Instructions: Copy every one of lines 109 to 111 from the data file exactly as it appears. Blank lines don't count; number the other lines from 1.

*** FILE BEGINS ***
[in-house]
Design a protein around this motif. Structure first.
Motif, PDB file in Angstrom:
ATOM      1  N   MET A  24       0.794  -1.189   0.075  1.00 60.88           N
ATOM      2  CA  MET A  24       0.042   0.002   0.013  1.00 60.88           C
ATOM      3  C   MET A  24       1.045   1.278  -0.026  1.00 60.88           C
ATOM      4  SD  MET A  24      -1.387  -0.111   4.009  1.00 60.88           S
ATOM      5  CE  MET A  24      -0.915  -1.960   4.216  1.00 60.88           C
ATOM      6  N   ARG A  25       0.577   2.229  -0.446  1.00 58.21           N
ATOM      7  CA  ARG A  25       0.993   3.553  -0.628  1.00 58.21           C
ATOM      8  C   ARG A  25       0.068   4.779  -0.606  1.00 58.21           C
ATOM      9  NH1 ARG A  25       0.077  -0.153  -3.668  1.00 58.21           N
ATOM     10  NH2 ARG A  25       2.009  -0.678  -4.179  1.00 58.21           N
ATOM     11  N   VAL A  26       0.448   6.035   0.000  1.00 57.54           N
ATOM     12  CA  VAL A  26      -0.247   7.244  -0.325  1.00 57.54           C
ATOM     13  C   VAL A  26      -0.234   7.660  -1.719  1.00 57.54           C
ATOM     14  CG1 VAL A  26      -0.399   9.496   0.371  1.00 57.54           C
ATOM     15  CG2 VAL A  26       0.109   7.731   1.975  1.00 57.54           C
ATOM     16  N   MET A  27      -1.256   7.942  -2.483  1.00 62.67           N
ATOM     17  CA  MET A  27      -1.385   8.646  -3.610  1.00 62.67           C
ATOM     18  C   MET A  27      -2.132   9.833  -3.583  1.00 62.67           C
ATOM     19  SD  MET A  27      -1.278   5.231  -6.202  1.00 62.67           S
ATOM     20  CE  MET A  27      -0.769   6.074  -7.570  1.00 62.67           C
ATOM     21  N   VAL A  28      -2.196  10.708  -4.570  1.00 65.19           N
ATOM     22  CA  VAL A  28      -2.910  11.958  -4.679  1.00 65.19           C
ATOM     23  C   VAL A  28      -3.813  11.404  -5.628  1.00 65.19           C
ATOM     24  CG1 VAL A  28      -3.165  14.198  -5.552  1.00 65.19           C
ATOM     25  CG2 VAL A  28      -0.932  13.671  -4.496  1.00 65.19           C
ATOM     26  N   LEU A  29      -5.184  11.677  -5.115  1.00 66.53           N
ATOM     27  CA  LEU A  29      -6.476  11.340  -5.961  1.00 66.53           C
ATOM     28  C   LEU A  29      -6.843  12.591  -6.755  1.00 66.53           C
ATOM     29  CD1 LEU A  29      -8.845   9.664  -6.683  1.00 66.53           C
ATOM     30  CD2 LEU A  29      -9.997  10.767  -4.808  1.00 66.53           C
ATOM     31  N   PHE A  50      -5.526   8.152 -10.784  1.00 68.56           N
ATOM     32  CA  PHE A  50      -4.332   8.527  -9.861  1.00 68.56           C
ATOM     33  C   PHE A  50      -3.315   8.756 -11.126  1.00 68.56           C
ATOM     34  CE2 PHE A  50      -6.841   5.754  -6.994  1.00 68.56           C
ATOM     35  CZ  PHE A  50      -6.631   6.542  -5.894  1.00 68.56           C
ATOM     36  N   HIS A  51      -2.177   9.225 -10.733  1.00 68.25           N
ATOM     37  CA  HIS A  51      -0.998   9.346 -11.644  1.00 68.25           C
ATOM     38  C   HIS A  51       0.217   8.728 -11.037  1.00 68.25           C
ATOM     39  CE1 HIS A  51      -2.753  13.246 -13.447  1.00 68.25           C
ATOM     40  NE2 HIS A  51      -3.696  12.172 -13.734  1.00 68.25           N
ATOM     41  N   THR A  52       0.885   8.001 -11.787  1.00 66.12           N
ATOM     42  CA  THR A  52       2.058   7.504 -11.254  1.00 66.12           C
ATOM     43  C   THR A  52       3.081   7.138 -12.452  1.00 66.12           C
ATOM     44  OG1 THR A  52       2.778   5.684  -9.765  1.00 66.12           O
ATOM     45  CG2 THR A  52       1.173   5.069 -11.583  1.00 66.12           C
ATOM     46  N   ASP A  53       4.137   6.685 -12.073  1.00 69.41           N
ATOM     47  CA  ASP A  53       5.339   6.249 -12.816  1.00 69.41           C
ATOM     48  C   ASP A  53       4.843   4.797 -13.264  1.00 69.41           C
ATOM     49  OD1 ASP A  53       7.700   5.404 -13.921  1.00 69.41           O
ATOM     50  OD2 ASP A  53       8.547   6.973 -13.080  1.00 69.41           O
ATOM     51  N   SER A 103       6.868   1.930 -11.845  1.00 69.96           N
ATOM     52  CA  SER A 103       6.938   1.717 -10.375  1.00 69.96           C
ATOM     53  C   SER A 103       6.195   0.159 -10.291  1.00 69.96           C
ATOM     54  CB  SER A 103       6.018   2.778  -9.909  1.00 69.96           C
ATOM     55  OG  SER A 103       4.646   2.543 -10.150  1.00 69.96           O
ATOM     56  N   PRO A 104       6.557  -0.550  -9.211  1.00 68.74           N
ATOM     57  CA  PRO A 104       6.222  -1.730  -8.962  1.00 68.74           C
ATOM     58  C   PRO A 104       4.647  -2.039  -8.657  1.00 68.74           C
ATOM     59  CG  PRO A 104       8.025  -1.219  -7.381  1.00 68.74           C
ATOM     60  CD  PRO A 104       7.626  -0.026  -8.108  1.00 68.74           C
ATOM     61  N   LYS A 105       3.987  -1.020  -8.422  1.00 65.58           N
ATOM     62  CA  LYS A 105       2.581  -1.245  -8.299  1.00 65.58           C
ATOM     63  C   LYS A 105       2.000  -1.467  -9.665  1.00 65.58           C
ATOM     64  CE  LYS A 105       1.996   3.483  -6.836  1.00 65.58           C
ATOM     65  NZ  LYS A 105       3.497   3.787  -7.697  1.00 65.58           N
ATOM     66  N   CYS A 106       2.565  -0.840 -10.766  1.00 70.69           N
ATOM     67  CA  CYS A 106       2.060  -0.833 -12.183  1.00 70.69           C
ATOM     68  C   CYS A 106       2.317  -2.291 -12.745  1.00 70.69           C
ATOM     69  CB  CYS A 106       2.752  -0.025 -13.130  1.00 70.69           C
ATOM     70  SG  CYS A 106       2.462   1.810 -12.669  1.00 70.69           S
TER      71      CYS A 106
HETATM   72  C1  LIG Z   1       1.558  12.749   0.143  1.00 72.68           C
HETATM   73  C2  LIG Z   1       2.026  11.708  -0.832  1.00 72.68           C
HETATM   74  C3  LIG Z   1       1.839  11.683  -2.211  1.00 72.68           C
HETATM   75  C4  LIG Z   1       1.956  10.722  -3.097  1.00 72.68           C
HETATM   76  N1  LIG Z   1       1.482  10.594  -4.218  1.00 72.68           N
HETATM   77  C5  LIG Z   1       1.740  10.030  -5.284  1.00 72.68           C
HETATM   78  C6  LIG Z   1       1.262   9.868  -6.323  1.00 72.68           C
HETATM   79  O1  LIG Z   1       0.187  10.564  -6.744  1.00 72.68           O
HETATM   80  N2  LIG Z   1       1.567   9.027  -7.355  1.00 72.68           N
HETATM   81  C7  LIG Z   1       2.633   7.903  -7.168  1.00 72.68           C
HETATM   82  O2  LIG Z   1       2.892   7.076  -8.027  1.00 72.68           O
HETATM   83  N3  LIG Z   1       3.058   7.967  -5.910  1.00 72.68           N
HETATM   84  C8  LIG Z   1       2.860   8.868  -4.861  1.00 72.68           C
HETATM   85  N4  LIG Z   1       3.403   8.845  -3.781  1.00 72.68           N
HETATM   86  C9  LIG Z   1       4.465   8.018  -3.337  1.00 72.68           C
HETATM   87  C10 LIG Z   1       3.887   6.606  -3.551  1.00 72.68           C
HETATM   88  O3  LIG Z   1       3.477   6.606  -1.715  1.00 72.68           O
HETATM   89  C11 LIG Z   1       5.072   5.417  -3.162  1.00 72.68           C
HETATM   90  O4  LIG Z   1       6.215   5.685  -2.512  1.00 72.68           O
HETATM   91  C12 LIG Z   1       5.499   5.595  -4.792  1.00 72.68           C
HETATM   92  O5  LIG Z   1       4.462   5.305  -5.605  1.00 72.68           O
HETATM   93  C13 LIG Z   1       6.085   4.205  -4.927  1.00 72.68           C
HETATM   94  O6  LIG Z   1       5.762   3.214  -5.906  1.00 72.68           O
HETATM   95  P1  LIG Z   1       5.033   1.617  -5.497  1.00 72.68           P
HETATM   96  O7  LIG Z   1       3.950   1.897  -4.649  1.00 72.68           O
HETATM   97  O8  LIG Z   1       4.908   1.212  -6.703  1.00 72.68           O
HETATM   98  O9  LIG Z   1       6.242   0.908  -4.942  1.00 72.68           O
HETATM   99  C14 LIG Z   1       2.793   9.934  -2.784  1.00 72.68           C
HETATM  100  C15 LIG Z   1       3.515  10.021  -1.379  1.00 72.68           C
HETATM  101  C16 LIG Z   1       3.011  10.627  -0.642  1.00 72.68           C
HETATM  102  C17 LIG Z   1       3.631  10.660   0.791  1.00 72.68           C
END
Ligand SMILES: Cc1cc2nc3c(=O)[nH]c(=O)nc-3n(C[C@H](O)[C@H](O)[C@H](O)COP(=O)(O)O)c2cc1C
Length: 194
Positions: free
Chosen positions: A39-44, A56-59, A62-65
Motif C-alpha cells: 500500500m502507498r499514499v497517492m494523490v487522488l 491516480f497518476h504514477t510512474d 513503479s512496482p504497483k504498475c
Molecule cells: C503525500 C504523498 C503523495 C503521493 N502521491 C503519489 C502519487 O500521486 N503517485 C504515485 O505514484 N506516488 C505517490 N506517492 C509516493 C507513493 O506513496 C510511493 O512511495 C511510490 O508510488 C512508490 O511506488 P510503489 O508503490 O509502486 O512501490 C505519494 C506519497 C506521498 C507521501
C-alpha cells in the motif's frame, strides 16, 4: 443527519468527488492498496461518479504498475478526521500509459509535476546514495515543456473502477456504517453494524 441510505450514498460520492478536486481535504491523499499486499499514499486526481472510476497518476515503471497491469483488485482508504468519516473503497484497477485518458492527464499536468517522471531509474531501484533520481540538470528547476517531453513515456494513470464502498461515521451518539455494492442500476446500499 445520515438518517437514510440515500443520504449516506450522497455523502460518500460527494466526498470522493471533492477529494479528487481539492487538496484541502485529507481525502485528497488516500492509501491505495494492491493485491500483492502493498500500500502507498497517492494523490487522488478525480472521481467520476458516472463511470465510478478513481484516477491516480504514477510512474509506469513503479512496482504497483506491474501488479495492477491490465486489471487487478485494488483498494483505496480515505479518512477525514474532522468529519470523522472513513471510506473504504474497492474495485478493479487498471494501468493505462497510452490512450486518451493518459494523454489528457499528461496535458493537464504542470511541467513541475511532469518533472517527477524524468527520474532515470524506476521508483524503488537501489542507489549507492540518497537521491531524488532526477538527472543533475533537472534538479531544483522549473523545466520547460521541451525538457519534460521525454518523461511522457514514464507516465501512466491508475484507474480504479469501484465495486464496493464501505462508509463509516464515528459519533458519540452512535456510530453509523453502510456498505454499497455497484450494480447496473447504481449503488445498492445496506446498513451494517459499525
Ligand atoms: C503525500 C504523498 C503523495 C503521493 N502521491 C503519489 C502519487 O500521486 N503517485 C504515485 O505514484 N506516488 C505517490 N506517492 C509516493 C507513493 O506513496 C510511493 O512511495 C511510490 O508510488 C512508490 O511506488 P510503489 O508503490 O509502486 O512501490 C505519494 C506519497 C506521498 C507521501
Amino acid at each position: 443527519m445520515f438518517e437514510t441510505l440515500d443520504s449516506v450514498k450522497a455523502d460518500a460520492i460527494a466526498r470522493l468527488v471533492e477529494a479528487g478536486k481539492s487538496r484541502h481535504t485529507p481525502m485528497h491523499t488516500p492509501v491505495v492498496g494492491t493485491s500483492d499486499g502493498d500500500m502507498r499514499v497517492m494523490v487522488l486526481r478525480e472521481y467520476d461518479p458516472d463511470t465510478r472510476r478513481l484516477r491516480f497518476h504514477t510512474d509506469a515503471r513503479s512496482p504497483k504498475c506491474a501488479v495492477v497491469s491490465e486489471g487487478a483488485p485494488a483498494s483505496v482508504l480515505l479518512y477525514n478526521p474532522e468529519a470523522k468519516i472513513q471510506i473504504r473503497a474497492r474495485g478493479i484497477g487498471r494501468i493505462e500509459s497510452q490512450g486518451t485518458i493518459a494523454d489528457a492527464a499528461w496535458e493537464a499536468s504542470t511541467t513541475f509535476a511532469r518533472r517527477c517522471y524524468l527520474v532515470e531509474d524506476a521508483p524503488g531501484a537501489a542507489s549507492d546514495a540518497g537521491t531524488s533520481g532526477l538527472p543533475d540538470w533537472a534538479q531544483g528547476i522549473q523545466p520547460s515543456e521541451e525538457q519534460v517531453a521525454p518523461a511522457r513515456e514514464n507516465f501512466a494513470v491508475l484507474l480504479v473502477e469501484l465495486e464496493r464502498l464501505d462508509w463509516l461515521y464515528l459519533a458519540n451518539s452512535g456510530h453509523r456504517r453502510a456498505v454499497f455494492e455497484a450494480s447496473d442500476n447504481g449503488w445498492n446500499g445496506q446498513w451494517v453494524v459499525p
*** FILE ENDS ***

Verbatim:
Positions: free
Chosen positions: A39-44, A56-59, A62-65
Motif C-alpha cells: 500500500m502507498r499514499v497517492m494523490v487522488l 491516480f497518476h504514477t510512474d 513503479s512496482p504497483k504498475c